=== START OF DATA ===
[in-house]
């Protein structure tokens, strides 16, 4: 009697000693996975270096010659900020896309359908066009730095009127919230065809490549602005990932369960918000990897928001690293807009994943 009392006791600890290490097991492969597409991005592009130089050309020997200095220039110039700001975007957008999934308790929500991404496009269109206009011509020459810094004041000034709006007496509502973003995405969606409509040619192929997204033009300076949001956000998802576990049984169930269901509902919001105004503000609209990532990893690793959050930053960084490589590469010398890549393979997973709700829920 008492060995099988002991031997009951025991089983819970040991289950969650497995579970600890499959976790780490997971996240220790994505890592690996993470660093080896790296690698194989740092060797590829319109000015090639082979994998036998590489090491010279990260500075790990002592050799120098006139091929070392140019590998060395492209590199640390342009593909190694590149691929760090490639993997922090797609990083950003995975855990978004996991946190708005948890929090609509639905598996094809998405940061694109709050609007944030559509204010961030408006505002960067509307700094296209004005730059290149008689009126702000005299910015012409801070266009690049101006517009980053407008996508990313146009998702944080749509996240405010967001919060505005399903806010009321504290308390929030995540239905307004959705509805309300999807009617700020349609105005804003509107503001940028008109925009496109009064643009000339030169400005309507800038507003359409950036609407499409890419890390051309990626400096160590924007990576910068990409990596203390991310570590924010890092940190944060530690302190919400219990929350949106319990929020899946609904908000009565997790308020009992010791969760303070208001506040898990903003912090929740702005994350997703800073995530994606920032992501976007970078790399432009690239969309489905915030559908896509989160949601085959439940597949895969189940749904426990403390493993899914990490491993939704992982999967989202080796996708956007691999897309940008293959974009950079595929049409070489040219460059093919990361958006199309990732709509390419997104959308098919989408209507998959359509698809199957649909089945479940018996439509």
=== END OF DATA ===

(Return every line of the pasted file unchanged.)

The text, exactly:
[in-house]
């Protein structure tokens, strides 16, 4: 009697000693996975270096010659900020896309359908066009730095009127919230065809490549602005990932369960918000990897928001690293807009994943 009392006791600890290490097991492969597409991005592009130089050309020997200095220039110039700001975007957008999934308790929500991404496009269109206009011509020459810094004041000034709006007496509502973003995405969606409509040619192929997204033009300076949001956000998802576990049984169930269901509902919001105004503000609209990532990893690793959050930053960084490589590469010398890549393979997973709700829920 008492060995099988002991031997009951025991089983819970040991289950969650497995579970600890499959976790780490997971996240220790994505890592690996993470660093080896790296690698194989740092060797590829319109000015090639082979994998036998590489090491010279990260500075790990002592050799120098006139091929070392140019590998060395492209590199640390342009593909190694590149691929760090490639993997922090797609990083950003995975855990978004996991946190708005948890929090609509639905598996094809998405940061694109709050609007944030559509204010961030408006505002960067509307700094296209004005730059290149008689009126702000005299910015012409801070266009690049101006517009980053407008996508990313146009998702944080749509996240405010967001919060505005399903806010009321504290308390929030995540239905307004959705509805309300999807009617700020349609105005804003509107503001940028008109925009496109009064643009000339030169400005309507800038507003359409950036609407499409890419890390051309990626400096160590924007990576910068990409990596203390991310570590924010890092940190944060530690302190919400219990929350949106319990929020899946609904908000009565997790308020009992010791969760303070208001506040898990903003912090929740702005994350997703800073995530994606920032992501976007970078790399432009690239969309489905915030559908896509989160949601085959439940597949895969189940749904426990403390493993899914990490491993939704992982999967989202080796996708956007691999897309940008293959974009950079595929049409070489040219460059093919990361958006199309990732709509390419997104959308098919989408209507998959359509698809199957649909089945479940018996439509």